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Geek Summer Reading: Encryption!

Mozilla recommends some books about encryption for summer reading.

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Requested Security References

Requested Security References

The following are some reference links requested from my Information System
Security Officer Orientation
course.

Reference for Urban Legends and Scams

Free Windows Malware Protection Applications:

Web of Trust Crowdsourced Website Reputation

  • This browser WOT software
    can provide warnings about Web sites that have a bad reputation for malware,
    incorrect information, or aggressive marketing scams

Privacy

Future Computer UX Security Challenges

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Best Free Anti-Virus Utilities

I was just asked recently what my recommendations are for best free anti-malware software. I checked my previous recommendations and was shocked that they were made 10 years ago. My how time flies but thankfully sometimes recommendations can stand the test of time.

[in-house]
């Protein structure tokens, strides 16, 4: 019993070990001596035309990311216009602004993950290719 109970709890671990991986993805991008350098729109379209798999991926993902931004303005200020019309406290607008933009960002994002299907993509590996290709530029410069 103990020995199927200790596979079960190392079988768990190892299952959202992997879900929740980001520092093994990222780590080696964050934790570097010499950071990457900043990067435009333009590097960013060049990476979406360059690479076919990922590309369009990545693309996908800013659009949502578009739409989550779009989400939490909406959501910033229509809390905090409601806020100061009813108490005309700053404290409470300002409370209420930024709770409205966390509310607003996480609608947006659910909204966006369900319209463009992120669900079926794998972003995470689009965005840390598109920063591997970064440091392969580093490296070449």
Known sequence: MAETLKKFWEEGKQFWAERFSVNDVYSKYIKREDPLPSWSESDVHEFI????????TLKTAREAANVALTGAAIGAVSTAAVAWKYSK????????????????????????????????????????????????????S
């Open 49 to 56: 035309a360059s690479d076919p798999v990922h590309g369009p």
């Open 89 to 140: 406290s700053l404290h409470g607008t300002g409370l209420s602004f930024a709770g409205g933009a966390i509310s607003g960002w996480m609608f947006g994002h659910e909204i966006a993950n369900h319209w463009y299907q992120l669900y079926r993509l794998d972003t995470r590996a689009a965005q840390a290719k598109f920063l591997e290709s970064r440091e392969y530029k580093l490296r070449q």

PCMag just made a new set of recommendations (March 1 2016) for free Anti-virus protection software

I have had good experiences with AVG, Panda, and Checkpoint. My experience with Checkpoint is with their ZoneAlarm firewall which works well but has a lot of ads. Good to see that AVG and Panda are still top rated and in business after all these years.

Consumer Affairs also has a fairly detailed roundup of anti-virus product reviews which could be useful to consult if you want to include commercial software at various prices.

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The State of Computer Security

James Mickens explains the dismal state of computer security. It’s complicated.

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DocZone Online Scam Investigation